Getting Started With Distributed Tracing
Getting Started With Distributed Tracing
Getting Started With Distributed Tracing
The more complex the software, the more likely it is to break, so the question facing modern DevOps teams today is how to quickly and easily locate misbehaving or poorly performing components amid thousands of moving parts. The old methods of troubleshooting (looking at logs and metrics) are cumbersome, time-consuming, and often lack the context to tell a complete story. Teams working in complex and distributed systems need a better way to understand them, and it starts with observability tools that leverage the power of distributed tracing. Done right, distributed tracing provides a speedy diagnostic process that empowers teams to proactively find and fix bugs, even before they impact customers.
What is distributed tracing?
At its core, distributed tracing is a way teams can view exactly what is going on with every application request using a series of IDs/tags and timestamps to visually represent when requests begin and end, and the relationships between them. Because the tracing is “distributed,” it is an ideal observability solution for organizations using microservices, or wherever an application is broken into independent components and widely dispersed. However, even traditional legacy applications can benefit from distributed tracing. In fact, distributed tracing is a modern observability solution for anywhere developers and operations need a clear view of how code is performing—with an eye to fixing problems quickly.
The benefits of distributed tracing are many. Distributed tracing can help teams with:
- Faster debugging because you can see what is actually happening as requests traverse application components.
- Better development of new code because teams can see how the systems connect and where the dependencies and vulnerabilities are.
- Democratizing system knowledge as without distributed tracing, teams rely on the most seasoned engineers for knowledge of how components fit together.
In 2010, Google told the world about its experiment with distributed tracing in what is now known as the Dapper paper. Since that time, a number of other open source efforts around distributed tracing have launched, including OpenZipkin and Jaeger. Distributed tracing has grown dramatically in popularity since then, and today’s modern solutions are far more efficient, with standards like OpenTelemetry and tools like Honeycomb ingesting your trace data and giving you the tools to find the right trace for any given issue.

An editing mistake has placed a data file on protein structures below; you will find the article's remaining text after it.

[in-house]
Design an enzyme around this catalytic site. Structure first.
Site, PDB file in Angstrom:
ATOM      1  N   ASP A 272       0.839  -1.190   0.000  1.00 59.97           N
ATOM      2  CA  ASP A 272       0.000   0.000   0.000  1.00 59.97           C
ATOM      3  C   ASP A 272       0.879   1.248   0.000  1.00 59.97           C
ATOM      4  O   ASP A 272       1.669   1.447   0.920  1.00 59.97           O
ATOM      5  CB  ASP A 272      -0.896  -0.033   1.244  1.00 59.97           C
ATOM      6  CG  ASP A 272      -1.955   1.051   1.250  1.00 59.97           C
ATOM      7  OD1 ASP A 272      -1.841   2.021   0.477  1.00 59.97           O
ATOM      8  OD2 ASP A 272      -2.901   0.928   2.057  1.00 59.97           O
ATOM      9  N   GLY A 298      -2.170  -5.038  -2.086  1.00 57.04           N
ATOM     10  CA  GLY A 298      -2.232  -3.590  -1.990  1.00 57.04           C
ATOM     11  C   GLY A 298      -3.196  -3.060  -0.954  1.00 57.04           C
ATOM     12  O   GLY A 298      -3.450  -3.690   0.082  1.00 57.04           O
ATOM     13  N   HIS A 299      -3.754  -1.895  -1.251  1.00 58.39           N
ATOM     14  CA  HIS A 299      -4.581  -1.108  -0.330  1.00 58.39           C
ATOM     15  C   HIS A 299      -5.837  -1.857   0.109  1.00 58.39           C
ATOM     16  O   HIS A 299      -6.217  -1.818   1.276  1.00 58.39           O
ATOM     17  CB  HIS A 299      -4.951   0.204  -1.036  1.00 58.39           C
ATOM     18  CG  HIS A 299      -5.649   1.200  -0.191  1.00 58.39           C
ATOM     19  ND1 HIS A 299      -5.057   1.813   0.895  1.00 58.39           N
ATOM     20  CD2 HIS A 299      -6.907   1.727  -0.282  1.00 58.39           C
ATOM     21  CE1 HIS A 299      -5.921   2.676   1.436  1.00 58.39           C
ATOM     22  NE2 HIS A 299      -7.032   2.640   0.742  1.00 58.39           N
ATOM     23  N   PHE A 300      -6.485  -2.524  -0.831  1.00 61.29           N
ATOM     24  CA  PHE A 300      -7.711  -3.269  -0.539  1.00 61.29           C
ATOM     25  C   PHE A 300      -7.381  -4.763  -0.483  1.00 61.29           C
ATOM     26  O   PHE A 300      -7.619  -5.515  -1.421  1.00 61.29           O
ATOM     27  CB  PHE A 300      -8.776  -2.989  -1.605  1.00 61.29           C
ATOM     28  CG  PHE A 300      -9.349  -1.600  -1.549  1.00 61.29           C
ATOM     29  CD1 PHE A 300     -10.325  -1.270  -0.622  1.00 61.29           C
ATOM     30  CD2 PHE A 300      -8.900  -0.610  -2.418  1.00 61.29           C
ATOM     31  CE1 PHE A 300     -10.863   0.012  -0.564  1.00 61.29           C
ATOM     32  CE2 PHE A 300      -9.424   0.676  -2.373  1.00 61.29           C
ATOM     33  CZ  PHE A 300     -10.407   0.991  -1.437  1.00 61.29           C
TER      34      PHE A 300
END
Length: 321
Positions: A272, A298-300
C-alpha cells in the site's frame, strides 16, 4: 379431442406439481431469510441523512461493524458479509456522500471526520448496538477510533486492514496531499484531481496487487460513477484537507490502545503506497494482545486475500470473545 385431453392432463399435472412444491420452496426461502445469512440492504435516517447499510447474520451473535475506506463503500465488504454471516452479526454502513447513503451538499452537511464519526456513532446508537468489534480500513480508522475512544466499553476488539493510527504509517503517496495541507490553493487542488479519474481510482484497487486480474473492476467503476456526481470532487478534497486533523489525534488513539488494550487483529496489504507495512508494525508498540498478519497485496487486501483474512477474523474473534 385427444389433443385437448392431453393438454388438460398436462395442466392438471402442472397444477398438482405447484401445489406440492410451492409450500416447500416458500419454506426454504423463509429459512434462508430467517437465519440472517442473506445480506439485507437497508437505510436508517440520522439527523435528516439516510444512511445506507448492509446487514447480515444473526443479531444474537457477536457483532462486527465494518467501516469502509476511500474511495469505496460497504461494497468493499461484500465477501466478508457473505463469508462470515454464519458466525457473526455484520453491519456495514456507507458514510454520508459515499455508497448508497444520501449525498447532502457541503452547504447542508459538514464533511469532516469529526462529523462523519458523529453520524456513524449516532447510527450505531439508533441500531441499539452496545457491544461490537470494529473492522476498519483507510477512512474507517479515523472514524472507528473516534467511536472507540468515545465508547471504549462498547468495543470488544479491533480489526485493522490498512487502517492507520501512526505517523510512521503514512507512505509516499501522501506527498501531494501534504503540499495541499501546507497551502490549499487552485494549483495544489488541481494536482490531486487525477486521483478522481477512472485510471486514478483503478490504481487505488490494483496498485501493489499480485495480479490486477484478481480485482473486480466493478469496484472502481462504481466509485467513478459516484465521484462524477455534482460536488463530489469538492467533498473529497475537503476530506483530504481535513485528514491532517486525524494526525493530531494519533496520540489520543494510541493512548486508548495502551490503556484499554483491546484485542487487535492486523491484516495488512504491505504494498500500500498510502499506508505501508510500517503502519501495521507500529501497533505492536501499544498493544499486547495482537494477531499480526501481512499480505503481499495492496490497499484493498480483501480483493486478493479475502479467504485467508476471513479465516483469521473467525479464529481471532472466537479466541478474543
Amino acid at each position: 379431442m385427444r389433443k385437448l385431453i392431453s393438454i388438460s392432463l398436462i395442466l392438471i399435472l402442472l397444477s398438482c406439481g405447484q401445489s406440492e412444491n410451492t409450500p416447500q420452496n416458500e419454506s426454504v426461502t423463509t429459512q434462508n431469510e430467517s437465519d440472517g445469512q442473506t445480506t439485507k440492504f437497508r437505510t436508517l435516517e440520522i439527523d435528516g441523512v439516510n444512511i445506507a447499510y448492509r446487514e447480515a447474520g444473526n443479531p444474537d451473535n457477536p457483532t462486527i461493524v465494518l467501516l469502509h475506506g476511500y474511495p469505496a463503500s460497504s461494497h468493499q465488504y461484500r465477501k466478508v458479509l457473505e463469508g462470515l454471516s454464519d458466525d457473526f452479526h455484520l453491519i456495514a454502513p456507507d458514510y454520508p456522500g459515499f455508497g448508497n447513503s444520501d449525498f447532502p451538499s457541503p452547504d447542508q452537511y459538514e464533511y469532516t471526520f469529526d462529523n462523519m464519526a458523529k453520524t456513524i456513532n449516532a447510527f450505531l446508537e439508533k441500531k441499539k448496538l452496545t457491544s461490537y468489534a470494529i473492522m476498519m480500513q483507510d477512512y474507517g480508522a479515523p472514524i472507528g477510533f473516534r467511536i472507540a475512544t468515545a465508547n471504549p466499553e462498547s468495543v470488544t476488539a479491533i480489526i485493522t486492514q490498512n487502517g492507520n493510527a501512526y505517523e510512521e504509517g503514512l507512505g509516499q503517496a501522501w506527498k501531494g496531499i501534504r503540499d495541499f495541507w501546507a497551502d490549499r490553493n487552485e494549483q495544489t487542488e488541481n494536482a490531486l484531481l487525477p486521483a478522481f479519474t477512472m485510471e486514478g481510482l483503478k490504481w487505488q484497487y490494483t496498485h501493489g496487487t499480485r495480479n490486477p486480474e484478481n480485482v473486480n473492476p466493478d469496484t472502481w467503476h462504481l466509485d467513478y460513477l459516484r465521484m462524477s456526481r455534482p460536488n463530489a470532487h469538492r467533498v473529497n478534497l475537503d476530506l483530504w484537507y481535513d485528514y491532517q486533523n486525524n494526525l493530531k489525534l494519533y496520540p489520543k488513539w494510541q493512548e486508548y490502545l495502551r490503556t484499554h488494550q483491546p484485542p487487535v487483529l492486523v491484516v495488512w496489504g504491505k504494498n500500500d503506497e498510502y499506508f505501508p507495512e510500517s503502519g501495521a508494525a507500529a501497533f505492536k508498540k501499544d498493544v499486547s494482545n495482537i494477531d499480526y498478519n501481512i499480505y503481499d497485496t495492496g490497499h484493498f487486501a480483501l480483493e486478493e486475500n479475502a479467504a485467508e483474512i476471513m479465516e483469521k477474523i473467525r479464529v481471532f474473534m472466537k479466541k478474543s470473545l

In general, distributed tracing systems require the following components to be added so the code is traceable:
- A trace ID: a name that is tied to an application request.
- A span ID: a “span” is work that happens during a trace, and each span needs a unique name.
- Parent or child IDs: these make the nested relationships between spans in the trace clear, as in a child span would nest under a parent span, etc.
- Timestamps/duration: each span needs a timestamp and a way to track how long the event took place.
How does distributed tracing compare to metrics and logs?
To underscore the value of distributed tracing, it can be instructive to look at how issues have been identified and diagnosed in the past, and where existing approaches have provided diminishing returns. Traditionally, metrics were used to benchmark performance trends and formed the basis of early monitoring solutions. Logs, conversely, have been a valuable resource for granular diagnosis of any uncovered problems.
The problem with logs and metrics in modern, massively distributed applications is that they represent two extremes, each with unique challenges at scale. Metrics are at best indirect and aggregated data points which provide information that is either too generalized to isolate the source of a problem, or too late to address customer issues. While logs can make up for this with detailed, tunable diagnostic data, even finding the right log to look at can be a difficult task in modern applications. It can be cost-inefficient to scale logging’s hefty storage requirements.
System metrics are indirect, trailing indicators of health
When monolithic applications ruled the datacenter, system metrics were a decent approximation of health. If your memory’s spiking, you get a page, you restart a service, and that service is promptly restored. The thing is, these solutions were often so straightforward that we soon had access to the means to address them programmatically. Process monitors, service managers, and configuration management all evolved to make sure that simple resource allocation problems could be addressed without human intervention.
Is it still important to monitor memory, disk, CPU, et al? Of course. In modern cloud configurations, for example, system metrics are often used as an input to determine when to automatically scale resources. And it’s still crucial to alert when thresholds are passed, but now those alerts are more defense-in-depth than they are early warnings. An out of memory page means something is seriously wrong, because all of the mundane, automated fixes have already failed.
Application metrics are as useful as your problems are predictable